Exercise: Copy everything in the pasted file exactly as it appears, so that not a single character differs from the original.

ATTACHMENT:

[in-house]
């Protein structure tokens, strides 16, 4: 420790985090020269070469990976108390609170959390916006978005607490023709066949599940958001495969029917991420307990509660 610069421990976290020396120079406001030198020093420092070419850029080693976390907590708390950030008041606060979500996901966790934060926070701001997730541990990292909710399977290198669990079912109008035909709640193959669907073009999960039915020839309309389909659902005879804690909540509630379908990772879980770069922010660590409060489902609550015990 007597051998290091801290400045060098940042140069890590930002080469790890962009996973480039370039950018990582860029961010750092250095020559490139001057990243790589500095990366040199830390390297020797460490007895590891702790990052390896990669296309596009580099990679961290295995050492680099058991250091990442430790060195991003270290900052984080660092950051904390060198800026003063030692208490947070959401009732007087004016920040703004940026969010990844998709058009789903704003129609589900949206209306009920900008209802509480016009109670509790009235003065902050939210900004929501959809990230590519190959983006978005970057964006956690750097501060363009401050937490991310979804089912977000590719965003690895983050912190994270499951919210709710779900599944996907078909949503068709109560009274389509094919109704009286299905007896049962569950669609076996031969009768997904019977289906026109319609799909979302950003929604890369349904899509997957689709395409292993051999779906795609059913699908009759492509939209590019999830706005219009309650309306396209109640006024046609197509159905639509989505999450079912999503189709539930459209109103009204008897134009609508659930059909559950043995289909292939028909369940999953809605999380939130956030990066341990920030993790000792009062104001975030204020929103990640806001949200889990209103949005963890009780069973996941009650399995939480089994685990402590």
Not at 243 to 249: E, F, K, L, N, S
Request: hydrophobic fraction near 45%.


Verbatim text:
[in-house]
């Protein structure tokens, strides 16, 4: 420790985090020269070469990976108390609170959390916006978005607490023709066949599940958001495969029917991420307990509660 610069421990976290020396120079406001030198020093420092070419850029080693976390907590708390950030008041606060979500996901966790934060926070701001997730541990990292909710399977290198669990079912109008035909709640193959669907073009999960039915020839309309389909659902005879804690909540509630379908990772879980770069922010660590409060489902609550015990 007597051998290091801290400045060098940042140069890590930002080469790890962009996973480039370039950018990582860029961010750092250095020559490139001057990243790589500095990366040199830390390297020797460490007895590891702790990052390896990669296309596009580099990679961290295995050492680099058991250091990442430790060195991003270290900052984080660092950051904390060198800026003063030692208490947070959401009732007087004016920040703004940026969010990844998709058009789903704003129609589900949206209306009920900008209802509480016009109670509790009235003065902050939210900004929501959809990230590519190959983006978005970057964006956690750097501060363009401050937490991310979804089912977000590719965003690895983050912190994270499951919210709710779900599944996907078909949503068709109560009274389509094919109704009286299905007896049962569950669609076996031969009768997904019977289906026109319609799909979302950003929604890369349904899509997957689709395409292993051999779906795609059913699908009759492509939209590019999830706005219009309650309306396209109640006024046609197509159905639509989505999450079912999503189709539930459209109103009204008897134009609508659930059909559950043995289909292939028909369940999953809605999380939130956030990066341990920030993790000792009062104001975030204020929103990640806001949200889990209103949005963890009780069973996941009650399995939480089994685990402590």
Not at 243 to 249: E, F, K, L, N, S
Request: hydrophobic fraction near 45%.